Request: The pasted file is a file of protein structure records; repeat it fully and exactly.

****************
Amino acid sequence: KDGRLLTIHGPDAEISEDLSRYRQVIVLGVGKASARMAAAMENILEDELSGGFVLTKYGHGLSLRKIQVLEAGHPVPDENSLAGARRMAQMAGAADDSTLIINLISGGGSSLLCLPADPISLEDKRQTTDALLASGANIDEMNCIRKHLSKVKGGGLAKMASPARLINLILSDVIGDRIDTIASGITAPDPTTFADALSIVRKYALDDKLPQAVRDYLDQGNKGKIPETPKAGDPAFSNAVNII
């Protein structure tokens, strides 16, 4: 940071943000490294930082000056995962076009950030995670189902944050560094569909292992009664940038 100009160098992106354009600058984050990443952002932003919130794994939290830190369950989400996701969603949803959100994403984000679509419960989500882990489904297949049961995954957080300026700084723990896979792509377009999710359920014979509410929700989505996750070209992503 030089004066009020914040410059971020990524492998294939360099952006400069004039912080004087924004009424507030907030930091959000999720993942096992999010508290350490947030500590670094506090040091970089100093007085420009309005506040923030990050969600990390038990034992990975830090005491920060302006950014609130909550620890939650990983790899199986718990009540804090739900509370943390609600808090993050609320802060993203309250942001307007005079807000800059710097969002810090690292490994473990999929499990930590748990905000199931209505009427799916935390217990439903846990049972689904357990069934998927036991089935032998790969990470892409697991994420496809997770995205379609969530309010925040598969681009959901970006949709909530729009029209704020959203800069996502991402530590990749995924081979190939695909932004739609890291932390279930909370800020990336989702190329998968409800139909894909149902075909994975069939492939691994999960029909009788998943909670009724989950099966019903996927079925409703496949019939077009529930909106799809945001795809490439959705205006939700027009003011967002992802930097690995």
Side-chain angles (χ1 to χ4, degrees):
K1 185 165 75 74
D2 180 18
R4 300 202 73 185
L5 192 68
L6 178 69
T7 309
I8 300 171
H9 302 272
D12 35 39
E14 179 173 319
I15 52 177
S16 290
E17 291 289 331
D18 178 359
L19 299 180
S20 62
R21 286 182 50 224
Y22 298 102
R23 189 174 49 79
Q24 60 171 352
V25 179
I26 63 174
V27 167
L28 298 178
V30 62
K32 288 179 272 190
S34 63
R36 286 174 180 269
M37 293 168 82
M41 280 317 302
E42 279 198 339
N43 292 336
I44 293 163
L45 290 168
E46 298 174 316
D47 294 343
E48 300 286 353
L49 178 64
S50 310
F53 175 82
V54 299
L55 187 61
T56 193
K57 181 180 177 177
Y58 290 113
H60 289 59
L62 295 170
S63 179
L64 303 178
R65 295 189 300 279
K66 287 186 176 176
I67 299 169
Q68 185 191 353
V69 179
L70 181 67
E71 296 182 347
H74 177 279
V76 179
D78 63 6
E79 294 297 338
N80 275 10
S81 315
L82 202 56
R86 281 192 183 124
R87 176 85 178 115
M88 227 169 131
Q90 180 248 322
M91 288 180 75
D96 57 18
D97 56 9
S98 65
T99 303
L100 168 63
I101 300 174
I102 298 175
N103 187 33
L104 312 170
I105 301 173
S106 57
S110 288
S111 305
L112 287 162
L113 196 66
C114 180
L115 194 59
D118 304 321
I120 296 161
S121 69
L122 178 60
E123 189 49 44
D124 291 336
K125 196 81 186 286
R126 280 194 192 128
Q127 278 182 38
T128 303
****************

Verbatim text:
Amino acid sequence: KDGRLLTIHGPDAEISEDLSRYRQVIVLGVGKASARMAAAMENILEDELSGGFVLTKYGHGLSLRKIQVLEAGHPVPDENSLAGARRMAQMAGAADDSTLIINLISGGGSSLLCLPADPISLEDKRQTTDALLASGANIDEMNCIRKHLSKVKGGGLAKMASPARLINLILSDVIGDRIDTIASGITAPDPTTFADALSIVRKYALDDKLPQAVRDYLDQGNKGKIPETPKAGDPAFSNAVNII
């Protein structure tokens, strides 16, 4: 940071943000490294930082000056995962076009950030995670189902944050560094569909292992009664940038 100009160098992106354009600058984050990443952002932003919130794994939290830190369950989400996701969603949803959100994403984000679509419960989500882990489904297949049961995954957080300026700084723990896979792509377009999710359920014979509410929700989505996750070209992503 030089004066009020914040410059971020990524492998294939360099952006400069004039912080004087924004009424507030907030930091959000999720993942096992999010508290350490947030500590670094506090040091970089100093007085420009309005506040923030990050969600990390038990034992990975830090005491920060302006950014609130909550620890939650990983790899199986718990009540804090739900509370943390609600808090993050609320802060993203309250942001307007005079807000800059710097969002810090690292490994473990999929499990930590748990905000199931209505009427799916935390217990439903846990049972689904357990069934998927036991089935032998790969990470892409697991994420496809997770995205379609969530309010925040598969681009959901970006949709909530729009029209704020959203800069996502991402530590990749995924081979190939695909932004739609890291932390279930909370800020990336989702190329998968409800139909894909149902075909994975069939492939691994999960029909009788998943909670009724989950099966019903996927079925409703496949019939077009529930909106799809945001795809490439959705205006939700027009003011967002992802930097690995």
Side-chain angles (χ1 to χ4, degrees):
K1 185 165 75 74
D2 180 18
R4 300 202 73 185
L5 192 68
L6 178 69
T7 309
I8 300 171
H9 302 272
D12 35 39
E14 179 173 319
I15 52 177
S16 290
E17 291 289 331
D18 178 359
L19 299 180
S20 62
R21 286 182 50 224
Y22 298 102
R23 189 174 49 79
Q24 60 171 352
V25 179
I26 63 174
V27 167
L28 298 178
V30 62
K32 288 179 272 190
S34 63
R36 286 174 180 269
M37 293 168 82
M41 280 317 302
E42 279 198 339
N43 292 336
I44 293 163
L45 290 168
E46 298 174 316
D47 294 343
E48 300 286 353
L49 178 64
S50 310
F53 175 82
V54 299
L55 187 61
T56 193
K57 181 180 177 177
Y58 290 113
H60 289 59
L62 295 170
S63 179
L64 303 178
R65 295 189 300 279
K66 287 186 176 176
I67 299 169
Q68 185 191 353
V69 179
L70 181 67
E71 296 182 347
H74 177 279
V76 179
D78 63 6
E79 294 297 338
N80 275 10
S81 315
L82 202 56
R86 281 192 183 124
R87 176 85 178 115
M88 227 169 131
Q90 180 248 322
M91 288 180 75
D96 57 18
D97 56 9
S98 65
T99 303
L100 168 63
I101 300 174
I102 298 175
N103 187 33
L104 312 170
I105 301 173
S106 57
S110 288
S111 305
L112 287 162
L113 196 66
C114 180
L115 194 59
D118 304 321
I120 296 161
S121 69
L122 178 60
E123 189 49 44
D124 291 336
K125 196 81 186 286
R126 280 194 192 128
Q127 278 182 38
T128 303